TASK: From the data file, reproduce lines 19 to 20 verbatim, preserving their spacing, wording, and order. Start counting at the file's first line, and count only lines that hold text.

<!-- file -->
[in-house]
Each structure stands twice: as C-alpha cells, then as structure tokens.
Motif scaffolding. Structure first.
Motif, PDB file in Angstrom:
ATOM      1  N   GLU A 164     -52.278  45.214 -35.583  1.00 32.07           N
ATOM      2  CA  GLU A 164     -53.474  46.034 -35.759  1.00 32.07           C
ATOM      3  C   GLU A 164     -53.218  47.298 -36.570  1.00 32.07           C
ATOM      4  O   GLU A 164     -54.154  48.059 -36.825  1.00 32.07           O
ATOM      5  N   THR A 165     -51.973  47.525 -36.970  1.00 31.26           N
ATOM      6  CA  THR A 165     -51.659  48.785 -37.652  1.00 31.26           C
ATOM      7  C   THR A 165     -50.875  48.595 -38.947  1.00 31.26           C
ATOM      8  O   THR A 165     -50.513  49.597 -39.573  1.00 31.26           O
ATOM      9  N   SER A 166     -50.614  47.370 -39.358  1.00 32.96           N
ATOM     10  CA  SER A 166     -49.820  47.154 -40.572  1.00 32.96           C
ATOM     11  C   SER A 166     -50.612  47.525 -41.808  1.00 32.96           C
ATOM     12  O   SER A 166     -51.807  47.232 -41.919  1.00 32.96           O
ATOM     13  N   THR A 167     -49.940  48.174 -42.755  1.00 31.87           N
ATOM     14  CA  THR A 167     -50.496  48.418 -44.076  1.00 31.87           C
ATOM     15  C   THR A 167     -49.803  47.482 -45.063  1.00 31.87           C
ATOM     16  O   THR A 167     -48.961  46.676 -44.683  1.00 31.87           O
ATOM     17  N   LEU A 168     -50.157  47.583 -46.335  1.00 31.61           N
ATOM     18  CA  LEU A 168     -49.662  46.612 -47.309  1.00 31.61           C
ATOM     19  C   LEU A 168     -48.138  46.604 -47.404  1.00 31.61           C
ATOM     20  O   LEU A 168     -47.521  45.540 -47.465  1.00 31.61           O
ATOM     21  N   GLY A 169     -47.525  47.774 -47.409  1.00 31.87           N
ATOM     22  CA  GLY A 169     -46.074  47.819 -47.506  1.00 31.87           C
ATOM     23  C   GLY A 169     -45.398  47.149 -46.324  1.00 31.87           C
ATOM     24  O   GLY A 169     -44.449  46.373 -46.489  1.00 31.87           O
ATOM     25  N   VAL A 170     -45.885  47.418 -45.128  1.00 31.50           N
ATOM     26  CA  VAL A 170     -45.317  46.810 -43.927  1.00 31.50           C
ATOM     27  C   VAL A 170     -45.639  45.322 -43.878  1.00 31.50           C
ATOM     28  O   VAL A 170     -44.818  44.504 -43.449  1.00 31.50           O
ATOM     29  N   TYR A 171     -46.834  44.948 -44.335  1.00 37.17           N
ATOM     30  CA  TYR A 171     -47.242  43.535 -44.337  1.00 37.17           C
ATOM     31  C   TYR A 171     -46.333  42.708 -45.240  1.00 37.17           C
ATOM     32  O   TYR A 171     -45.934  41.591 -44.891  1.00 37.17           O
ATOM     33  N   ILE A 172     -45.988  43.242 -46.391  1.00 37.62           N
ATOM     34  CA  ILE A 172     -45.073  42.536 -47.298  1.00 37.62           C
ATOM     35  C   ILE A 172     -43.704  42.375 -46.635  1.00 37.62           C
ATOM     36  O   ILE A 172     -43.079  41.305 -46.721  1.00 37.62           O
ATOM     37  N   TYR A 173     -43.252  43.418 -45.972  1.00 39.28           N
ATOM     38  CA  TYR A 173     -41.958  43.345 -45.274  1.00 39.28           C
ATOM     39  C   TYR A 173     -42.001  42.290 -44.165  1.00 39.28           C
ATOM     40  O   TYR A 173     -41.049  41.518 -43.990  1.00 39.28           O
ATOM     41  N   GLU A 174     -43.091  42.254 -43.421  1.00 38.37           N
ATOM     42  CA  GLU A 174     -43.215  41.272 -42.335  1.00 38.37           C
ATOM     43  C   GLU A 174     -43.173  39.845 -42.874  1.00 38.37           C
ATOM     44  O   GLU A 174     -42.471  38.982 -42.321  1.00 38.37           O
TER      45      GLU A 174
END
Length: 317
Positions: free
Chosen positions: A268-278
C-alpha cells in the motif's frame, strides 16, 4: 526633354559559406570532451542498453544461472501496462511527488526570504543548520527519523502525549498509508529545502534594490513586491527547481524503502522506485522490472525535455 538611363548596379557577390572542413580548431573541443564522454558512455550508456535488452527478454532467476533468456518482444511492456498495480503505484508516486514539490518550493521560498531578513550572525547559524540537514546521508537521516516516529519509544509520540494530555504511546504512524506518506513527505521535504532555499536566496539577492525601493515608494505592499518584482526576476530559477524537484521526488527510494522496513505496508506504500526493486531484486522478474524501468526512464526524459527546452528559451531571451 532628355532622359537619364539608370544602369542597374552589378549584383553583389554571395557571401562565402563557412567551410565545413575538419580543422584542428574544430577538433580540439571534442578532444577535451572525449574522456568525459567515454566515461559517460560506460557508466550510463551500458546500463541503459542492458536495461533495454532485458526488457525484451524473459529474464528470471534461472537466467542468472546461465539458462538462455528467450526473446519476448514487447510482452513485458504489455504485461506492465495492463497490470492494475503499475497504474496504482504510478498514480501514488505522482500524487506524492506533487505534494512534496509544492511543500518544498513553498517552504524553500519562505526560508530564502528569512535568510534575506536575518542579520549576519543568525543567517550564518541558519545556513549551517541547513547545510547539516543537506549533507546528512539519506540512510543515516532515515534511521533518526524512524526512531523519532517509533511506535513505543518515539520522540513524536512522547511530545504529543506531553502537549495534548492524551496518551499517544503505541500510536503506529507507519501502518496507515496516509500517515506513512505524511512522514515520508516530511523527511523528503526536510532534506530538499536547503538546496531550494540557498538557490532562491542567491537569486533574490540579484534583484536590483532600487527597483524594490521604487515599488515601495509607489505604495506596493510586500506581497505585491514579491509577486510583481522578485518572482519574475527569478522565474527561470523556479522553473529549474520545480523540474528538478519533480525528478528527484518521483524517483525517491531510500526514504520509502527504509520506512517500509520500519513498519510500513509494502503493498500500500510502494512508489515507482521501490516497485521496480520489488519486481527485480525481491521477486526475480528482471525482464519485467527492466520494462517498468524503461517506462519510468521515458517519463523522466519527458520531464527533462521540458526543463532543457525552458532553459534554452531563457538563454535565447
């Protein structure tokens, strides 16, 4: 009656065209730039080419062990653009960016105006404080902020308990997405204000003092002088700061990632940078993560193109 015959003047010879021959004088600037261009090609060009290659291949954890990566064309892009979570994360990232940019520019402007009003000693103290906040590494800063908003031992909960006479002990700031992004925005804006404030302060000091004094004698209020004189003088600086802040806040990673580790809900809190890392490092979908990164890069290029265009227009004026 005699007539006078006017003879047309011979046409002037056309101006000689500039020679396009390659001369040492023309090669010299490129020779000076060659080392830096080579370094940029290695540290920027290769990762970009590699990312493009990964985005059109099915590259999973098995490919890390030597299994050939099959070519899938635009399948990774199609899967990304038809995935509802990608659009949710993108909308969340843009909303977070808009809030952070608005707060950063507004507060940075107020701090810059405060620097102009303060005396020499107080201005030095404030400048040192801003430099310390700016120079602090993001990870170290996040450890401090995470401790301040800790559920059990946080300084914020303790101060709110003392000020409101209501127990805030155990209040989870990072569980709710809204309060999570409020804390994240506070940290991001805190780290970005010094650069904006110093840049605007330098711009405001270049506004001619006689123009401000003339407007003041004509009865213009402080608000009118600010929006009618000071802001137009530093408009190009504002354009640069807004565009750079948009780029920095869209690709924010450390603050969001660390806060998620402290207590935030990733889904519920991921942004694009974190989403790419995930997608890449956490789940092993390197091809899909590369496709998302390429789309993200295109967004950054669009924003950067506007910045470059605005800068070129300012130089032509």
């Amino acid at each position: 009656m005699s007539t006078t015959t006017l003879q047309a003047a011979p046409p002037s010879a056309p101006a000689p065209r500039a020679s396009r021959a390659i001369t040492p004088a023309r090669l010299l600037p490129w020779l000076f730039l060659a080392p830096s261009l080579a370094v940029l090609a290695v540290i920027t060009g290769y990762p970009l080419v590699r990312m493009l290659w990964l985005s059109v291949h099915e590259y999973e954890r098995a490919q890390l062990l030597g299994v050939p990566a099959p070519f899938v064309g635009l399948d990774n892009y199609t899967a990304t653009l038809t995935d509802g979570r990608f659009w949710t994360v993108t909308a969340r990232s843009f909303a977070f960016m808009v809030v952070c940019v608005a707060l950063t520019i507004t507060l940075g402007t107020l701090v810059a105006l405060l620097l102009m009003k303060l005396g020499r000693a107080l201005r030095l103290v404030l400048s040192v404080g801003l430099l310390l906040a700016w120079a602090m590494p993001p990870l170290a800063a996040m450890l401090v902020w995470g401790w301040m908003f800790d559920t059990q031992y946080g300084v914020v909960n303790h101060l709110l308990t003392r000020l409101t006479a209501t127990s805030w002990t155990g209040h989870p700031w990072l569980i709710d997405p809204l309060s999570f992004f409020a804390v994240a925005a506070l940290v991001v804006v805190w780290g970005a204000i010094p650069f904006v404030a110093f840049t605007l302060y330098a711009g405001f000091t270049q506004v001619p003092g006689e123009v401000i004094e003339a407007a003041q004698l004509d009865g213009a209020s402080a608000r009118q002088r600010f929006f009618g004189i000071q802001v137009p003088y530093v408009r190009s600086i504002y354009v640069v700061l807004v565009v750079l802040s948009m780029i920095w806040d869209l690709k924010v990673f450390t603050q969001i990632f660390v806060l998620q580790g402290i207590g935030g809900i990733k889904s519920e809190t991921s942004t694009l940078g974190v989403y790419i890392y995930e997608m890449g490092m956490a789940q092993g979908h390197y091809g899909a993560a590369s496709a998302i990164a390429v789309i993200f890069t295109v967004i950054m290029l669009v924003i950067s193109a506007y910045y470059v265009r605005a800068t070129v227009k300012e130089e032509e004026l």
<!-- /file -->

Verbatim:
ATOM     15  C   THR A 167     -49.803  47.482 -45.063  1.00 31.87           C
ATOM     16  O   THR A 167     -48.961  46.676 -44.683  1.00 31.87           O